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UK consortium developing liquid nitrogen hybrid bus

A consortium of UK companies is developing a hybrid bus powered by liquid nitrogen and diesel. It aims to provide a cost-effective transport solution with a substantially reduced carbon footprint.
The project, named CE Power, is co-ordinated by Innovate UK and is funded by the Department for Business, Innovation and Skills. Contributors to the project include Horiba MIRA, Dearman, Air Products, The Manufacturing Technology Centre, Productiv, CENEX and the Transport Research Laboratory.


CE Power uses a liquid nitrogen expansion engine during acceleration from rest and at speeds below 20mph. In diesel-powered buses, this is where NOx and CO2 emissions are relatively high. The stopping and starting of the liquid nitrogen bus, at speeds under 20mph, produces zero emissions.

The liquid nitrogen is stored in a low-pressure insulated cylinder and is warmed to the point of evaporation which creates sufficient pressure to drive the multi-cylinder Dearman engine. Once the bus reaches 20mph, the diesel engine takes over.

Liquid nitrogen gives a longer life than an electric hybrid system, allows for local production and easy refueling. Batteries, which power many of the UK’s electric hybrids, require changing several times over the lifetime of the bus, whereas the liquid nitrogen system will last the lifetime of the bus.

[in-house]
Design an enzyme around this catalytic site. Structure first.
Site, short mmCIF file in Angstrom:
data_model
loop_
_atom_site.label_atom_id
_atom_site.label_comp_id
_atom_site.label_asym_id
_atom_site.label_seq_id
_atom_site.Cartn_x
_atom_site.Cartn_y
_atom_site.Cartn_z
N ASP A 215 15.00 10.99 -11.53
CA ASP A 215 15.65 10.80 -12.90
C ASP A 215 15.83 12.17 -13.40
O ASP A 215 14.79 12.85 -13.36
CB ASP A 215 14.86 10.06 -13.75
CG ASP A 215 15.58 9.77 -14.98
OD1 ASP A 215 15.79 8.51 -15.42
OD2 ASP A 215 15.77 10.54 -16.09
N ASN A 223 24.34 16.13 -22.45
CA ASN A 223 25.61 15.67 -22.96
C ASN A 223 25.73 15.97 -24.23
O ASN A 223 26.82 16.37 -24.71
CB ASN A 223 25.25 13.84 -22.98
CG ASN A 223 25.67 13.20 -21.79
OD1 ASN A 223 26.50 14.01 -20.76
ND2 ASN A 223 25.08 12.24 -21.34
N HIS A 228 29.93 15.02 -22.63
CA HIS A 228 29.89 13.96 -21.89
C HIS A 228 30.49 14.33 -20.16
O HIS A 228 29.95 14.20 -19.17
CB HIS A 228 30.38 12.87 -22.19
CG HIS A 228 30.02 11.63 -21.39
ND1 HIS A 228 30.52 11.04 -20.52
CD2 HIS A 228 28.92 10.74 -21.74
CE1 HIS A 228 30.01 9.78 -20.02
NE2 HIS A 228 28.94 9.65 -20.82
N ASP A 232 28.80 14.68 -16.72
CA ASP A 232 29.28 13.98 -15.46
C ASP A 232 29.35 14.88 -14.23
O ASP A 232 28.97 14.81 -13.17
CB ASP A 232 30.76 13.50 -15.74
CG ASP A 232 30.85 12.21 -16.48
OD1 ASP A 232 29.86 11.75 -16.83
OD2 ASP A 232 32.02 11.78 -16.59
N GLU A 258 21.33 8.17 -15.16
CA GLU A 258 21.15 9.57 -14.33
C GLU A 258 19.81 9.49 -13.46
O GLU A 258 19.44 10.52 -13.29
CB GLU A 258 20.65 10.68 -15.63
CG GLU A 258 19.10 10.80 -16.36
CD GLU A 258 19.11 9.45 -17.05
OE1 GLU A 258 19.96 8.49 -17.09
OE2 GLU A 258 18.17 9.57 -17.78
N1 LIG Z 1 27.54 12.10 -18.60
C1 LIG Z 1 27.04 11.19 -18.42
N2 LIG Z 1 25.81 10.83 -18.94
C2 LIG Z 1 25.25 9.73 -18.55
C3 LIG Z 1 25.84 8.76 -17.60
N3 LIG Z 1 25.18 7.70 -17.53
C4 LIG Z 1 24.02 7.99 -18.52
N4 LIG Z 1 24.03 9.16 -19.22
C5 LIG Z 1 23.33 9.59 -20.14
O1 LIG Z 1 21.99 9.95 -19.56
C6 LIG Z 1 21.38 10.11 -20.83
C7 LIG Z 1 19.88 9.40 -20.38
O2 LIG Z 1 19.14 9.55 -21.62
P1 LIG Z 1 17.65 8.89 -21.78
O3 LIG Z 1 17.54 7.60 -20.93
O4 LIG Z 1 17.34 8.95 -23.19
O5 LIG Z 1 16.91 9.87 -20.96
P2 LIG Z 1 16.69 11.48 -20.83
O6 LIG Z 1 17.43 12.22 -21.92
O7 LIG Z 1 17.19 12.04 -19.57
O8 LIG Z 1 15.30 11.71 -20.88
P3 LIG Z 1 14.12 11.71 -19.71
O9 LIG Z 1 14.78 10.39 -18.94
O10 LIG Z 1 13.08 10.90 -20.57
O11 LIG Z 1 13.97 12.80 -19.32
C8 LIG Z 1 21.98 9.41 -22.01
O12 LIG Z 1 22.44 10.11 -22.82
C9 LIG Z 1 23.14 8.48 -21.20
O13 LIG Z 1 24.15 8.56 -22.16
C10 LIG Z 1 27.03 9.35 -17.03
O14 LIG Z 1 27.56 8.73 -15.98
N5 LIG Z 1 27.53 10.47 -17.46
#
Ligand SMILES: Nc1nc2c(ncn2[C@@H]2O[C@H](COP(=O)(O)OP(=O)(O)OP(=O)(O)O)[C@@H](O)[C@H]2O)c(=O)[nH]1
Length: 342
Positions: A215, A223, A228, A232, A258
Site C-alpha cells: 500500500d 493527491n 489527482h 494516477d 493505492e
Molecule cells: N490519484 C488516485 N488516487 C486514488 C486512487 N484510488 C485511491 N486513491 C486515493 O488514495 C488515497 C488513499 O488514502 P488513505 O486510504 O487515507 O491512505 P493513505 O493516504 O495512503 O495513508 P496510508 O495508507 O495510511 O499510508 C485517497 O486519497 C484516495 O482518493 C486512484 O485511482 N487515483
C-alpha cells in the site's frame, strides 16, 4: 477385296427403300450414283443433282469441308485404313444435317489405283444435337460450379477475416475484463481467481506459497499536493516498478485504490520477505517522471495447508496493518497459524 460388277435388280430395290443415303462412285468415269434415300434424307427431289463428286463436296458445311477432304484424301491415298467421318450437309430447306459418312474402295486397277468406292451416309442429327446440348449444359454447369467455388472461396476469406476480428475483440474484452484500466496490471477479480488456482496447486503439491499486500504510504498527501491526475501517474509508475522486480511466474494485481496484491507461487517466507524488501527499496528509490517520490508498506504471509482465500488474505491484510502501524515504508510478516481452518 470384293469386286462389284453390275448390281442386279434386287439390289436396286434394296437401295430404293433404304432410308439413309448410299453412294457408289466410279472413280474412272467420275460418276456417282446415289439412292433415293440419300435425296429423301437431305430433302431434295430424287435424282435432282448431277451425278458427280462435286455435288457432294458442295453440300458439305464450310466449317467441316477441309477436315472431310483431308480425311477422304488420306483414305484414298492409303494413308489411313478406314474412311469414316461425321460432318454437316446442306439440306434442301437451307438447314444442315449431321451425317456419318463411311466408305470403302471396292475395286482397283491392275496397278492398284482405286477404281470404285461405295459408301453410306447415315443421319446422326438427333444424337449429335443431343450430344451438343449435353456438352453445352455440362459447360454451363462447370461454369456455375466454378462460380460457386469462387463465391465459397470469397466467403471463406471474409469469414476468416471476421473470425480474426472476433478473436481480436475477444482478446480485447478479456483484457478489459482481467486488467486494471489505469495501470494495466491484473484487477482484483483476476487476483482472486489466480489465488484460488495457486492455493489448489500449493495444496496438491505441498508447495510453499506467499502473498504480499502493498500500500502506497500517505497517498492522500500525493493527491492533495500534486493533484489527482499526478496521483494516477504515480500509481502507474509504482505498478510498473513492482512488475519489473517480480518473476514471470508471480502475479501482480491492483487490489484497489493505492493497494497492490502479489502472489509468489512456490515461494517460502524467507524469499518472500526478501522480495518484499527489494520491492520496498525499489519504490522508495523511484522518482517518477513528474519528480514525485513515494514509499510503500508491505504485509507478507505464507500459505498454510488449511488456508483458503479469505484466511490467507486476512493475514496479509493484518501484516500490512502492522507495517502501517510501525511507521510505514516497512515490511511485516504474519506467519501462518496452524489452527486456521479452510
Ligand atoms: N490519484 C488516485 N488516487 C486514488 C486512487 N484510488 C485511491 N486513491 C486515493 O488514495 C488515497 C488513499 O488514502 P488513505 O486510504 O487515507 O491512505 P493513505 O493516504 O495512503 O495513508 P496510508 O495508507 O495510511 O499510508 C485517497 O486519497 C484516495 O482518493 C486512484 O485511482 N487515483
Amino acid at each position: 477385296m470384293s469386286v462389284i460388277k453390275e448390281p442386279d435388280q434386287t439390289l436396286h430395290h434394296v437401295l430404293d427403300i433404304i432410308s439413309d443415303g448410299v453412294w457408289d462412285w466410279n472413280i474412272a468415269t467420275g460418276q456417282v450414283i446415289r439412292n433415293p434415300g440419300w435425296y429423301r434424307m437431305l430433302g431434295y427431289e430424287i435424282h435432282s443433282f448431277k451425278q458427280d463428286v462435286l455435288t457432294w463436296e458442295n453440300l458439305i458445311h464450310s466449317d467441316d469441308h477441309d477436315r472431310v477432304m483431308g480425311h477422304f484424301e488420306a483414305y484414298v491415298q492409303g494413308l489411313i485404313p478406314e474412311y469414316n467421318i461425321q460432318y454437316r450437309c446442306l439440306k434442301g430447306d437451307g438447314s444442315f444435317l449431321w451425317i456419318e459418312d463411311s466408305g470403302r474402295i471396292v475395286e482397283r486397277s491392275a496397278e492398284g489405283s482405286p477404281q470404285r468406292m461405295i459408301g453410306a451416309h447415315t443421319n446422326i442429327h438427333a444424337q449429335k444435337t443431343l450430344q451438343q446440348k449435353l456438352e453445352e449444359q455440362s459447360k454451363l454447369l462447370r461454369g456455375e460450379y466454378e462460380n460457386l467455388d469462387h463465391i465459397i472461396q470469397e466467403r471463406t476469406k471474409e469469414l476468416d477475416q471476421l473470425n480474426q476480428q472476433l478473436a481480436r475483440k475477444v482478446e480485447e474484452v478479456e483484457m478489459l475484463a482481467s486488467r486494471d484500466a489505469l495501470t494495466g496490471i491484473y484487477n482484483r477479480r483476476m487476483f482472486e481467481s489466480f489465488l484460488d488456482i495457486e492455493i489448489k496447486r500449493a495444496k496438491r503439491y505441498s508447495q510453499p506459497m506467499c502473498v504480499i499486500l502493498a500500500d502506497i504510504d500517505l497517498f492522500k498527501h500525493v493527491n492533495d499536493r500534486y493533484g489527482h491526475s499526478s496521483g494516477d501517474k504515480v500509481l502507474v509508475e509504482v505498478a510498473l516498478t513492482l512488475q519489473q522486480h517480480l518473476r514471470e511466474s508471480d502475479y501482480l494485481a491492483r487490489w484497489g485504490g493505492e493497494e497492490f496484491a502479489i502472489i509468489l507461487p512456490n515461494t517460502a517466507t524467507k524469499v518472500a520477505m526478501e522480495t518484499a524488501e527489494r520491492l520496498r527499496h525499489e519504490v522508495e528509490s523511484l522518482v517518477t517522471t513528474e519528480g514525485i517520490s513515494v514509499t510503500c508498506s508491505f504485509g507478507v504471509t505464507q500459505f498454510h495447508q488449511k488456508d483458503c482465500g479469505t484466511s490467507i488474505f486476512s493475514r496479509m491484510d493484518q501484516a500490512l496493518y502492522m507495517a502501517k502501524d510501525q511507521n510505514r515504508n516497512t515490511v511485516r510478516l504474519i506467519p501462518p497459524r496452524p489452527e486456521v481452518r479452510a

Liquid nitrogen can be produced locally without the need for neodymium or lithium both of which are used by motors and batteries and sourced from overseas. Furthermore, refueling liquid nitrogen can take 10-15 minutes, enabling the bus to return to the road quickly.
Horiba MIRA’s role in the project includes systems integration, vehicle dynamics modelling and overall vehicle control, ensuring the liquid nitrogen system operates seamlessly and safely with the diesel engine.

Derek Charters, Technical Lead at Horiba MIRA, said, ”This project is a first for liquid nitrogen use in hybrid buses. Liquid nitrogen is a fascinating energy source as it can be created worldwide from many renewable sources, meaning its carbon footprint is minimal. With the UK looking to continue to reduce its reliance on carbon fuels from overseas, and the search for lower emissions buses, this project takes the UK one step closer to achieving this goal.”
The project is expected to be finished by 2016.